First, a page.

Public Release: 

Computer matches CT scans to disease database

Purdue University

WEST LAFAYETTE, Ind. -- Engineers at Purdue University have teamed up with medical experts to develop a computerized system designed to aid in disease diagnosis by matching a patient's CT scans with images in a large data base of scans from previous patients.

Because the images in the data base have been selected by highly trained physicians, the system can be used by less-skilled or less-specialized medical personnel as a tool for diagnosing patients, says Carla Brodley, a computer engineer at Purdue who is leading the research. She stresses that the system is not intended to replace the human element in diagnosis, but to improve the accuracy and speed of diagnosis by completing comprehensive image comparisons within seconds.

"This works through the synergy of human interaction and machine learning and computer vision algorithms," says Brodley, an assistant professor in the Purdue School of Electrical and Computer Engineering.

Sophisticated software enables the user to carry out a visual sort of keyword search, a method referred to as content-based image retrieval. The system views a patient's medical scan and then searches for visually similar images in a data base containing hundreds of CT scans that have been selected carefully by medical experts. The pre-selected scans in the data base represent known examples of specific diseases and conditions, and the four scans that best match the patient's image are retrieved.

The work will be detailed in a paper to appear in the July issue of the journal Computer Vision and Image Understanding, published by Academic Press Inc. A poster paper about the research will be presented June 25 during the 1999 IEEE Computer Society Conference on Computer Vision and Pattern Recognition -- which is sponsored by the Institute of Electrical and Electronics Engineers -- in Fort Collins, Colo. A paper on the work also will be presented at 2 p.m. July 21 during the 16th National Conference on Artificial Intelligence, sponsored by the American Association for Artificial Intelligence, in Orlando, Fla.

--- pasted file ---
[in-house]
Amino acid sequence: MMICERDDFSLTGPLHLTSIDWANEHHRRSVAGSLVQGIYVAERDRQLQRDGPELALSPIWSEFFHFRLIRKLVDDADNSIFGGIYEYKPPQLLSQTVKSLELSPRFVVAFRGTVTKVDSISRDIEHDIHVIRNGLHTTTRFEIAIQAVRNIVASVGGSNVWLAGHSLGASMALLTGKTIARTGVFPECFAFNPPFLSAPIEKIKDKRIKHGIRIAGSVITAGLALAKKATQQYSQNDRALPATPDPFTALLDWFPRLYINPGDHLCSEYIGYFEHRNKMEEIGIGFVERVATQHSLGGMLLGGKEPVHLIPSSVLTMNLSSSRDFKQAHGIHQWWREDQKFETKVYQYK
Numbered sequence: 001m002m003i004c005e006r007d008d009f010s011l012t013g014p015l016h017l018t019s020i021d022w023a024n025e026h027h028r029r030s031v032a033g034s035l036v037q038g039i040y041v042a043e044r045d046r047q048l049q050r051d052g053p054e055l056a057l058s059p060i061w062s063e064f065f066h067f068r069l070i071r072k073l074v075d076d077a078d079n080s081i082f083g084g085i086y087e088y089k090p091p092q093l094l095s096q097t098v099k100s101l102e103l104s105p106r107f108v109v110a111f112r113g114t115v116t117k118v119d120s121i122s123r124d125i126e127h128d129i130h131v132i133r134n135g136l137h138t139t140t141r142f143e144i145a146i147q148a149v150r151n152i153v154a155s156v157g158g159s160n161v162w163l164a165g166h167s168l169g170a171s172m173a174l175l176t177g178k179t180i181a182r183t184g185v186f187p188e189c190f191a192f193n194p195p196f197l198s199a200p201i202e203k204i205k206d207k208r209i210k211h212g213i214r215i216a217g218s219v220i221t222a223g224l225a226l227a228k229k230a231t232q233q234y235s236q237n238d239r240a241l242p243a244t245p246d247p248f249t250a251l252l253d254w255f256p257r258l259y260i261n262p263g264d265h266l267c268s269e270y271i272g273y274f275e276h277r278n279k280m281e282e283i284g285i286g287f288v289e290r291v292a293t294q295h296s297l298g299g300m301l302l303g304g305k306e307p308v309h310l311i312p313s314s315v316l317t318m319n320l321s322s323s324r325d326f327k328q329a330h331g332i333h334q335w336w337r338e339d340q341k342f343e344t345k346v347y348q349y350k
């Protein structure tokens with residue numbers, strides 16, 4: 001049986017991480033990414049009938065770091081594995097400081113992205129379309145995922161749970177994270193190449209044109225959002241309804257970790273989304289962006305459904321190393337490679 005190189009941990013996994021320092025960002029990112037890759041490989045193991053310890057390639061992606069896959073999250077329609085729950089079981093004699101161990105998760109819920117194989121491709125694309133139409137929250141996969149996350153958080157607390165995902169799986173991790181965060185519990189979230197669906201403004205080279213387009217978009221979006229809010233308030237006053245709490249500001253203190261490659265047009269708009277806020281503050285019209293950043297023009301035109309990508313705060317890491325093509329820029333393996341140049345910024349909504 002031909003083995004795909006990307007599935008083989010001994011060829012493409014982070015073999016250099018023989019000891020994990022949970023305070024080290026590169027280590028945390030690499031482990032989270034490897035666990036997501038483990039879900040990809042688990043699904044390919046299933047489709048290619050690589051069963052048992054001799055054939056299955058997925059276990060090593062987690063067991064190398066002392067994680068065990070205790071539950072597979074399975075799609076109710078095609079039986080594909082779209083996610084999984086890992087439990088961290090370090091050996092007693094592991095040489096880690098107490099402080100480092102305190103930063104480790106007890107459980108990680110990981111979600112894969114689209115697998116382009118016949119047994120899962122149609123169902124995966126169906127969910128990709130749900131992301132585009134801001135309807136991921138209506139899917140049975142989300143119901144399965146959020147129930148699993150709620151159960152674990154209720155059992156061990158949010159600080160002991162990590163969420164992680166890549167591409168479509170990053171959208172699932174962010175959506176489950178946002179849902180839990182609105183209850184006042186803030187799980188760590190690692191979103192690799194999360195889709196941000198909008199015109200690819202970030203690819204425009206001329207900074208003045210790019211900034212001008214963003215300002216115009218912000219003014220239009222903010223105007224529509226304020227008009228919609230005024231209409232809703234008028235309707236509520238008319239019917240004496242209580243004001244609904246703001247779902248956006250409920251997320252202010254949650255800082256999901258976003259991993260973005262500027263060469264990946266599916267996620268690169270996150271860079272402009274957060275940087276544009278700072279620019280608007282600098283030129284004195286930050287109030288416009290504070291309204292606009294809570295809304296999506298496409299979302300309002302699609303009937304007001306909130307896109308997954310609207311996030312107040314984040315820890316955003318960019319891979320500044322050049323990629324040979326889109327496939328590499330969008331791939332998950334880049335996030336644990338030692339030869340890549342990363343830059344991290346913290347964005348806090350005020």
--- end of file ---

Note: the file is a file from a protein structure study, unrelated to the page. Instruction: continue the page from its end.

The data base presently contains high-resolution computed tomography -- or CT -- images of human lungs. Data bases containing magnetic resonance images of the liver, knee and possibly the brain soon will be added, says Brodley, who is working with Avi Kak, a professor of electrical and computer engineering; graduate students Chi-Ren Shyu, Jennifer Dy, Mark Flick, Sean MacArthur and Christina Pavlopoulou; and medical doctors Alex Aisen from Indiana University Medical Center and Lynn Broderick from the University of Wisconsin Hospital.

Here is how the system works: A doctor starts out with the patient's diagnostic image, circles the diseased region with a mouse and sends the image as a query to the data base. Computer vision software determines the "mean intensity" of the image -- or how gray it is -- along with other features. That information is used to place the image into a mathematical vector that enables the computer to compare it to other images. The system retrieves the most visually similar images, any of which can be enlarged and further enhanced. Because a CT scan is taken in sections, specific contiguous "slices" within the diseased region can be isolated for more detailed scrutiny. The medical professional then reviews the treatment information of those previous patients, hopefully gaining insight into the current patient's situation.

The research is funded by the National Science Foundation and the National Institutes of Health.


Carla Brodley, 765-494-0635;;

NOTE TO JOURNALISTS: A CT scan image is available from Purdue News Service, 765-494-2096, or from our Web and ftp sites, and The photo is named Brodley/CTscan.


The large CT image of a patient's lungs at the top left is the query image, which can be compared with the four most visually similar images of lungs at the bottom of the picture. The large image on the top right is an enlargement of the best match.
Photo ID: Brodley.CTscan

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